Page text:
Volume 8, Number 18 -- May 7, 2008

Admin Alert: How to Recreate/Restore a System Distribution Directory

Published: May 7, 2008

by Joe Hertvik

In recent articles, I detailed how to change the communications identity of one i5/OS box so that it can impersonate another system and take its place on the network. However, I glossed over one important step: how to restore the i5/OS System Distribution Directory (SDD) from one machine to another. This week, I correct that error by showing you how to transfer an SDD from one machine to another.

What Is the SDD?

Although an SDD sounds like something you might catch when you're not being too careful about the company you choose, the System Distribution Directory has been a key player in i5/OS and OS/400 shops for a very long time. The SDD plays an important role in distributing output for several major IBM licensed programs, including the iSeries Access product line and the AnyMail Server Framework (MSF). It is also used in many third-party i5/OS applications, including fax server and email server applications. For many products, a user must have an entry in the SDD in order to use the product.

The SDD is seeded by using the Work with Directory Entries (WRKDIRE) command, and directory entry information is distributed and kept in the following files in the QUSRSYS library.

  • The QAOKL* files
  • The QAOKP* files
  • The QAOZL03A file

The good news is that the SDD, its associated commands, and its files have been around for a long time. According to IBM, the SDD and the commands that populate the SDD (ADDDIRE, CHGDIRE, WRKDIRE, and CHGSYSDIRA) have not undergone major changes since the OS/400 V3R1M0 timeframe. So we're dealing with a fairly stable system feature and these instructions should apply to most recent versions of i5/OS and OS/400, and they may even apply to i 6.1. The techniques shown here were demonstrated by using two i5/OS V5R3 machines.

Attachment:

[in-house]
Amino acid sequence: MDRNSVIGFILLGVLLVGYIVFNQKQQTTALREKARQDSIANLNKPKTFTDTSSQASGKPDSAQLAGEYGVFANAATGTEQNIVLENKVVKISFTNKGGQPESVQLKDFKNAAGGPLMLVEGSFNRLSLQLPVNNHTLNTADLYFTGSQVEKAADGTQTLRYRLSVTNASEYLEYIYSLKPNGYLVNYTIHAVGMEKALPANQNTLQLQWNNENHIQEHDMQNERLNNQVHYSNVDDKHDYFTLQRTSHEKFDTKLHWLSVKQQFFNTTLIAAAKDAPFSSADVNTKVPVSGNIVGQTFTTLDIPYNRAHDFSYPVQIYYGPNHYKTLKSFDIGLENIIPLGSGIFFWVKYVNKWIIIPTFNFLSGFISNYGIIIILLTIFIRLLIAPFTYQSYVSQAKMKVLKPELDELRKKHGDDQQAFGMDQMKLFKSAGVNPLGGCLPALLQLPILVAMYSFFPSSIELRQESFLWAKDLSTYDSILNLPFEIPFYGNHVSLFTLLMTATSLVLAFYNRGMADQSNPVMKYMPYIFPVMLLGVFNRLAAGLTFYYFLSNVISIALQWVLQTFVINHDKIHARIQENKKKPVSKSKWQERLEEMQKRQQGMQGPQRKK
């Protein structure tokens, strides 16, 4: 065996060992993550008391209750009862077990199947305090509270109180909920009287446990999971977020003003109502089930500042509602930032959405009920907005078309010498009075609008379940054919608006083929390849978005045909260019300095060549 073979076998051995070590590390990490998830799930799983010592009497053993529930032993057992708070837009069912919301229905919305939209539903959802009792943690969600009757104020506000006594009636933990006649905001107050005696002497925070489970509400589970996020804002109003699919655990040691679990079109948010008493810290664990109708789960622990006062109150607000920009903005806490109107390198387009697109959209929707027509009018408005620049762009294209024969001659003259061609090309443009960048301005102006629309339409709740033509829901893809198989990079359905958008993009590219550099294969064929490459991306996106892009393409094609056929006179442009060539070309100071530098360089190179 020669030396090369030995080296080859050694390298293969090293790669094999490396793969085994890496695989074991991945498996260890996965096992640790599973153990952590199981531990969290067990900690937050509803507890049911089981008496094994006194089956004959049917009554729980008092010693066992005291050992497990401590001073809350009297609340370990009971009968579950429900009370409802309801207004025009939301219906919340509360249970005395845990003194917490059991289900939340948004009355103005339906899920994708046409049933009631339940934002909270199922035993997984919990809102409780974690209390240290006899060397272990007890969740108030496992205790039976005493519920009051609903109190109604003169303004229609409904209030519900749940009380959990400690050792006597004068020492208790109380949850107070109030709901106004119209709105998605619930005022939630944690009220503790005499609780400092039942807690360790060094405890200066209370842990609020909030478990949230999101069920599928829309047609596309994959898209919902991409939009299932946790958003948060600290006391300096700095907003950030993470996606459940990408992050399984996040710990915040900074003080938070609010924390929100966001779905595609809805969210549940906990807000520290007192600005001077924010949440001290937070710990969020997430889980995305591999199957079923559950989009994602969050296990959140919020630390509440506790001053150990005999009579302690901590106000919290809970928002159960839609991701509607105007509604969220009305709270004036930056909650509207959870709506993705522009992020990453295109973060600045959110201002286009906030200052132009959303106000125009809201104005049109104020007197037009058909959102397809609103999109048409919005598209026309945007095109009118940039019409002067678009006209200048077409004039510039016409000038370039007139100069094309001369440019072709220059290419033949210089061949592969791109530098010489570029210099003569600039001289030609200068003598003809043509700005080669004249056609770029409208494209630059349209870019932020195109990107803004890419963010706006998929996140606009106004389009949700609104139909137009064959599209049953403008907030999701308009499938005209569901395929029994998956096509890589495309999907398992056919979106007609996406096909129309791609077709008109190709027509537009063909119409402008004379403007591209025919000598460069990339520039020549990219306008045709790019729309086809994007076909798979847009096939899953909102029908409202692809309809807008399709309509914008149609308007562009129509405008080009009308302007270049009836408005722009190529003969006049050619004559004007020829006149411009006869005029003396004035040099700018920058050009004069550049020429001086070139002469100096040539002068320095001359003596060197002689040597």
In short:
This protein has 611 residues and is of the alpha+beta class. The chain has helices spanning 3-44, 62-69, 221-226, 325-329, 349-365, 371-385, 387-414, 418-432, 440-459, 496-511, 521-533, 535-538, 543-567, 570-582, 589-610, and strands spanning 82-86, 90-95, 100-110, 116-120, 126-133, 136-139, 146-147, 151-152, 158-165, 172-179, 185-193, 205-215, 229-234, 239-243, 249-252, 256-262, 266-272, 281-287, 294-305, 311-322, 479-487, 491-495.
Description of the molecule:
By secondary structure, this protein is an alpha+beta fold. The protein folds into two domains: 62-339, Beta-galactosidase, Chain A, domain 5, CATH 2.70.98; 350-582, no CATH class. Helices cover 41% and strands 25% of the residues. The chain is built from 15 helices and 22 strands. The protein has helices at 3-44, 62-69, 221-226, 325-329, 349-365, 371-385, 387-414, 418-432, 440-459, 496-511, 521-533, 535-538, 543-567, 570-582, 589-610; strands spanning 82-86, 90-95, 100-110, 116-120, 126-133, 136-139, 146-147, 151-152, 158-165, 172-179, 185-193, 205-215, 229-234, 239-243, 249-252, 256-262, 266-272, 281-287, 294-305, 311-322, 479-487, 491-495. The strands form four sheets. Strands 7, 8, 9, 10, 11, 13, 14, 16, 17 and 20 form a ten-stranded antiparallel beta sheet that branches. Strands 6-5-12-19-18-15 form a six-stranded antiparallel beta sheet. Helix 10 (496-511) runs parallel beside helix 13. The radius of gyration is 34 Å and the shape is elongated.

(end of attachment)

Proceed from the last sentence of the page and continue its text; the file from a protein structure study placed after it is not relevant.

Why Restore an SDD?

There are three good reasons why you may need to restore and replace an SDD on a target machine.

  1. When a System i box fails over to a Capacity BackUp (CBU) system for testing or in an emergency. As mentioned above, if users are going to sign on and use an impersonating system as if it were their production system, you will also need to duplicate the SDD from the production system to make sure your applications work for your guest users.
  2. When failing back to your production system after running production on a CBU system. In order to make the CBU function correctly again in its backup role, you may need to restore the SDD that was replaced.
  3. When objects in your System Distribution Directory are damaged or deleted, and you need to restore the directory in order to make your applications work together. If you're having trouble with an SDD, the underlying files may be corrupted and need to be replaced.

Transferring an SDD Between Two Consenting Hosts

Going through old IBM documentation, I created and tested the following procedure for restoring an SDD from one system to another. This scenario will also work when restoring an SDD from backup media. I tested this scenario by restoring a SDD from one i5/OS V5R3 machine to another. Since IBM has not made any major changes to the SDD in a long time, this scenario should also work for other versions of the i5/OS and OS/400 operating system, but note again that it has only been tested on a V5R3 machine. To protect yourself from accidental mistakes, however, make sure to take a copy of the QUSRSYS library on your target machine before beginning this procedure.

First Step To Take On the Source Machine

This procedure should be followed on the source machine that you are copying the SDD from.

Save the following QUSRSYS library objects to media or to a save file by using a variation of the following Save Object (SAVOBJ) command.

             DEV(*SAVF) SAVF(save_file_lib/save_file_name)

After saving these objects, you should have 15 physical files and 33 logical files in your save file, for a total of 48 objects. If you have more than 48 objects and there are files on your source system with names fitting either the QAOKxxxxxx or QAOKLxxxxxx format (where xxxxxx is a number between '000000' and '999999'), consult IBM Software Technical Document 14995701, QMSF Jobs Fail with a CP9A9C Errors with QAOK* Files. Follow the instructions in the section titled Fixing up QAOKL* and QAOKP* System Distribution Directory Files in QUSRSYS before running the SAVOBJ command again, and that should help you save only the 48 files that an SDD transfer needs.